### Craig's Case Against the Existence of Actual Infinites, Part Four

Fourth Version: Subtracting the Same Amount Yields Contradictory Results

(The rest of the posts in this series can be found here.)

Hilbert's Hotel Illustration:
Imagine a hotel with an infinite number of rooms and an infinite number of guests. Such a hotel would have some surprising features. So, for example, suppose all the guests in the even-numbered rooms check out. Then the hotel would still have infinitely many occupied rooms, viz., the odd-numbered rooms. On the other hand, suppose all the guests in rooms 4, 5, 6, ... check out of the hotel. Then the hotel will no longer have infinitely many occupied rooms -- it will have three. But how can this be? Just as many guests checked out in the first scenario as in the second scenario. This is because (i) the infinite set of even-numbered rooms (2, 4, 6, …) can be put into a one-to-one correspondence with the set of rooms numbered 4 and higher (4, 5, 6, …), and (ii) any two sets that can be put into a one-to-one correspondence with one another are the same “size” – each set has just as many members as the other. But this is absurd; subtracting the same amount cannot yield different amounts. Therefore, an infinite hotel is metaphysically impossible. But the absurdity here isn't particular to just infinite hotels. Rather, they generalize to every denumerably infinite set of concrete entities whatsover. Therefore, concrete actual infinites are metaphysically impossible.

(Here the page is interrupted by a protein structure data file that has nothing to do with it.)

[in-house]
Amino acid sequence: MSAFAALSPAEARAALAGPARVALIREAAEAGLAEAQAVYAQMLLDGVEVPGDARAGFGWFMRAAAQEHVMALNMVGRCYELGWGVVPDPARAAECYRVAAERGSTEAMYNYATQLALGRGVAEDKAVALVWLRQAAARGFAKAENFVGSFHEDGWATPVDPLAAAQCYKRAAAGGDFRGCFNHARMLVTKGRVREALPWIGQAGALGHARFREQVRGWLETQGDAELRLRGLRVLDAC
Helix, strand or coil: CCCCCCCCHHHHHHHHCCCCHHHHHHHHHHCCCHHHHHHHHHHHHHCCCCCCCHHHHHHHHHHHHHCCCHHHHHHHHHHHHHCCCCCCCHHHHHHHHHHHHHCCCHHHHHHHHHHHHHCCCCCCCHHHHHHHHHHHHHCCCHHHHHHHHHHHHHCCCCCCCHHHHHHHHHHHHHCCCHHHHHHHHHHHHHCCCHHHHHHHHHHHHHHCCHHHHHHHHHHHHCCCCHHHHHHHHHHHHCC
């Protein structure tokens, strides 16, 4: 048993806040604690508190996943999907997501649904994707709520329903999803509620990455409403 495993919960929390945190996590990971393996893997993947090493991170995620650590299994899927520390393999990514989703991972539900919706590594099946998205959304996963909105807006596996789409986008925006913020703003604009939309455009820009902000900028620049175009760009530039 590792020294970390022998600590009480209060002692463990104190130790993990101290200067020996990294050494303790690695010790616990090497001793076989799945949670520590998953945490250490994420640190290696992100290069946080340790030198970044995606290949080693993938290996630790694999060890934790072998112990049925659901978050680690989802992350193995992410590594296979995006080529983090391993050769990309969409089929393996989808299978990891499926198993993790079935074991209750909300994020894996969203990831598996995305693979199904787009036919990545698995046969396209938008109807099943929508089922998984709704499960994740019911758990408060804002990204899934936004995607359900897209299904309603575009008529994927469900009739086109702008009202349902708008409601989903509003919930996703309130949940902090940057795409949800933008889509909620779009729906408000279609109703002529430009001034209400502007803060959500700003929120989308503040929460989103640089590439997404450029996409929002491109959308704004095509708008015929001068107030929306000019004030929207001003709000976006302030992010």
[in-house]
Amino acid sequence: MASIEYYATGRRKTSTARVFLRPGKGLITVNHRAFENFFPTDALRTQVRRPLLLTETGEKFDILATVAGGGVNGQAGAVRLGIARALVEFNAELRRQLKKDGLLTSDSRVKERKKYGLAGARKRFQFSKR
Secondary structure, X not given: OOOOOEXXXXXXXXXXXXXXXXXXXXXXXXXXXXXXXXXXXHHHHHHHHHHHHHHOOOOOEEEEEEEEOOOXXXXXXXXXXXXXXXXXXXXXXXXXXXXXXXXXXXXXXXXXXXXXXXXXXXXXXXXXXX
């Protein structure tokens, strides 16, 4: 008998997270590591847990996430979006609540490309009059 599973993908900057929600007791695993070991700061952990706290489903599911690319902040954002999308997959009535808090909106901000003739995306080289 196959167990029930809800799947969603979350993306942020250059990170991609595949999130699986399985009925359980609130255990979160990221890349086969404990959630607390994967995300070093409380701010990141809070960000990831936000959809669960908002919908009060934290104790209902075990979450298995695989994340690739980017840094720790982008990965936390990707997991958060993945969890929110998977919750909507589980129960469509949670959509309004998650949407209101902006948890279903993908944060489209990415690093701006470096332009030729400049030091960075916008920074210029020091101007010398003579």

We can express the argument illustrated above as follows:

1. If concrete actual infinites are possible, then a hotel with infinitely many rooms and infinitely many guests is possible.
2. If a hotel with infinitely many rooms and infinitely many guests is possible, then it’s possible to remove just as many guests from the hotel and get different amounts of remaining guests.
3. It’s impossible to remove just as many guests from the hotel and get different amounts of remaining guests.
4. Therefore, concrete actual infinites are impossible.

What to make of this argument?[1] By now the problem with Craig's argument is a familiar one: there is an equivocation on the locution "just as many" in (2) and (3). On the one hand, it might mean that "just as many" guests were removed in the two scenarios in the sense that the two sets of rooms have the same cardinal number. Then while (2) is true, it’s not obvious that (3) is true. For while the two sets of rooms have the same cardinal number, one set has all the members of the other set and then some, viz., the odd-numbered rooms. Referring to the coarse-grained similarity of the two sets (viz., sameness of cardinal number) conceals this crucial difference. But once one shifts one's focus from the sameness of cardinality to the finer-grained difference in the particular members of the two sets, the intuitiveness of premise (3) disappears. For then one would expect different results when the sets removed in the two scenarios are different in this crucial way.

On the other hand, one might mean that "just as many" guests were removed in the two scenarios in the sense that neither set of guests has members besides the ones they share in common. Then while (3) is true on that reading, (2) is not. For of course the set of guests removed in the second scenario has all the guests that were removed in the first scenario and others besides.

Yet again, the upshot is that the argument gets its intuitive appeal by equivocating on the notion of “just as many”. Thus, once the different readings of the expression are disambiguated, the argument loses its force.